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Argument preview: Can information from a FOIA disclosure support an individual’s False Claims Act suit?

Eric M. Fraser is the Executive Director for Research for the Committee on Capital Markets Regulation. The views expressed herein do not necessarily represent the views of the Committee.

DISCLOSURE: Mr. Fraser is the author of an article on the question presented by this case; he spoke briefly with counsel to the respondent regarding the article but has not obtained any confidential information or represented any party or amicus in the proceeding.

The False Claims Act, which prohibits fraud against the federal government, contains a qui tam provision that allows a private party who discovers fraud to sue the alleged fraudster on behalf of the government. If the suit is successful, then that private party – who is known as a relator – may share in any recovery. The qui tam provision, however, contains a “public disclosure bar” that prohibits a relator from bringing a suit that is based upon information that has already been publicly disclosed in certain enumerated sources, including a government report or investigation. The issue in this case is whether a federal agency’s response to a request under the Freedom of Information Act (FOIA) is a government report or investigation that triggers that bar. If a response to a FOIA request necessarily triggers the public disclosure bar, then a relator may not bring a claim based on the FOIA response.


Daniel Kirk, the respondent in this case, filed a suit against his former employer, petitioner Schindler Elevator Corp. In that suit, which he brought as a relator under the False Claims Act, he alleged that Schindler had obtained government contracts while falsely claiming that it had complied with certain obligations required by a statute designed to promote job opportunities for veterans. Schindler was allegedly required, as a government contractor, to file “VETS-100” reports documenting certain aspects of veterans in its workforce. Although Kirk based some of his allegations upon his own personal knowledge, he also relied in part upon information he received as a result of his wife filing FOIA requests with the Department of Labor seeking copies of Schindler’s VETS-100 reports over several years. Although it produced copies of Schindler’s reports for some of the years at issue, the DOL indicated that it had not located any reports for some of the other years at issue. Kirk alleged that Schindler had violated the False Claims Act by entering into government contracts and requesting payments despite its failure to file some of the required VETS-100 reports, and because in other years it had filed inaccurate reports.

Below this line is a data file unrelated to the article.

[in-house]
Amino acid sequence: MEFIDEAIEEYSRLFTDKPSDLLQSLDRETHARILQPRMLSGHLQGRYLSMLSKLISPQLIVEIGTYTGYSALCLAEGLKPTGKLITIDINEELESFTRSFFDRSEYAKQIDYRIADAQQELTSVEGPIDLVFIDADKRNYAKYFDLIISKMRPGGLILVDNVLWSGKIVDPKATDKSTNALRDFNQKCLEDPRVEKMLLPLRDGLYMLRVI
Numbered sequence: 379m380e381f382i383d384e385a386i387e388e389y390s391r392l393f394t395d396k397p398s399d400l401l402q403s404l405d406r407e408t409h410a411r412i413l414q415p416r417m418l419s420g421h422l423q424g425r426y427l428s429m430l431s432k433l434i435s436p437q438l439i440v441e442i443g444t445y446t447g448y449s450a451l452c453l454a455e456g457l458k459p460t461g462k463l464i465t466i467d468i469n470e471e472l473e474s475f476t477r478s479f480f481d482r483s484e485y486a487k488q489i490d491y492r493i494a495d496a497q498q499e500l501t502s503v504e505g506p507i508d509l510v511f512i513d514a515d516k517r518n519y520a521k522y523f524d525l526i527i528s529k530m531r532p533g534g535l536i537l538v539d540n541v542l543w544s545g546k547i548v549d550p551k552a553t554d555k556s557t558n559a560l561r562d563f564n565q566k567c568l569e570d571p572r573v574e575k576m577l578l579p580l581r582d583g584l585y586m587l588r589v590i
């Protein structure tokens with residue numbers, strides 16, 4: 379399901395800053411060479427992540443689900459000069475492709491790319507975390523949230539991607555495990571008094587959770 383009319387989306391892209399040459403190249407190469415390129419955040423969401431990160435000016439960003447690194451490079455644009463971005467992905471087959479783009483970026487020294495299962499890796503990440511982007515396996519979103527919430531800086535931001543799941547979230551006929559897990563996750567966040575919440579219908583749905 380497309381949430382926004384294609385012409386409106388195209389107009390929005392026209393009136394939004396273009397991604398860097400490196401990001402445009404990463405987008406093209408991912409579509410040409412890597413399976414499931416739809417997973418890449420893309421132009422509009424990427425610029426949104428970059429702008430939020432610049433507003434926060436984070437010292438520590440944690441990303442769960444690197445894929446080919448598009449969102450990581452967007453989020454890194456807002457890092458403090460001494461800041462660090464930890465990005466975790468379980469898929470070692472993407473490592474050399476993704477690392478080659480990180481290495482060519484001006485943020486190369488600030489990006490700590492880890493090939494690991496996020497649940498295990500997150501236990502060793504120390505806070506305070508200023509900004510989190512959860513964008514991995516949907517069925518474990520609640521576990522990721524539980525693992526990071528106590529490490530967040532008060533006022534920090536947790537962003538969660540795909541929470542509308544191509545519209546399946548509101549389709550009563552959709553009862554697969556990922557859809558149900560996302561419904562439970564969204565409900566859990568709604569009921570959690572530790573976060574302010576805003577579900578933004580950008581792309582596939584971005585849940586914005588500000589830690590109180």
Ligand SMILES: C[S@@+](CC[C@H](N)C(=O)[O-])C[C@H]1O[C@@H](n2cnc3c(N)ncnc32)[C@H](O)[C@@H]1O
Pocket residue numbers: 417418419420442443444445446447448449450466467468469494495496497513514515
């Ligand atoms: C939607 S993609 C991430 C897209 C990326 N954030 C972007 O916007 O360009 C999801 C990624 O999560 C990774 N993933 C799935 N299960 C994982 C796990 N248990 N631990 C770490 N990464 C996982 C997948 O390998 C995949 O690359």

The district court dismissed the case.  Among other things, it held that that FOIA disclosures trigger the public disclosure bar. On appeal, the Second Circuit reversed.  It held that FOIA disclosures do not necessarily trigger the public disclosure bar; whether a particular disclosure triggers the bar depends upon whether the particular document disclosed is one of the specific sources enumerated by the False Claims Act, such as a government report or investigation.

Merits Briefs

In its brief on the merits, Schindler argues that basing a qui tam case upon information obtained from a FOIA disclosure is precisely the type of opportunistic, parasitic case the public disclosure bar is meant to prevent. The qui tam provision, it contends, is meant to reward individuals who produce firsthand knowledge of fraud. In this case, however, Kirk based at least part of his case on information he obtained from the government through his wife’s FOIA requests. Schindler explains that a FOIA request triggers an investigation and report. Under the plain meaning of those words, an agency conducts an “investigation” when it searches and analyzes its records for files that are responsive to the FOIA request and determines whether the files qualify for an exception to FOIA or must be redacted. The agency’s response to the request takes the form of a “report” containing documents or some form of explanation written by the agency. Under this logic, all FOIA disclosures categorically trigger the public disclosure bar. According to Schindler, a contrary reading disregards congressional intent to reward relators with firsthand knowledge and instead supports only professional relators who file claims based upon information the government already has.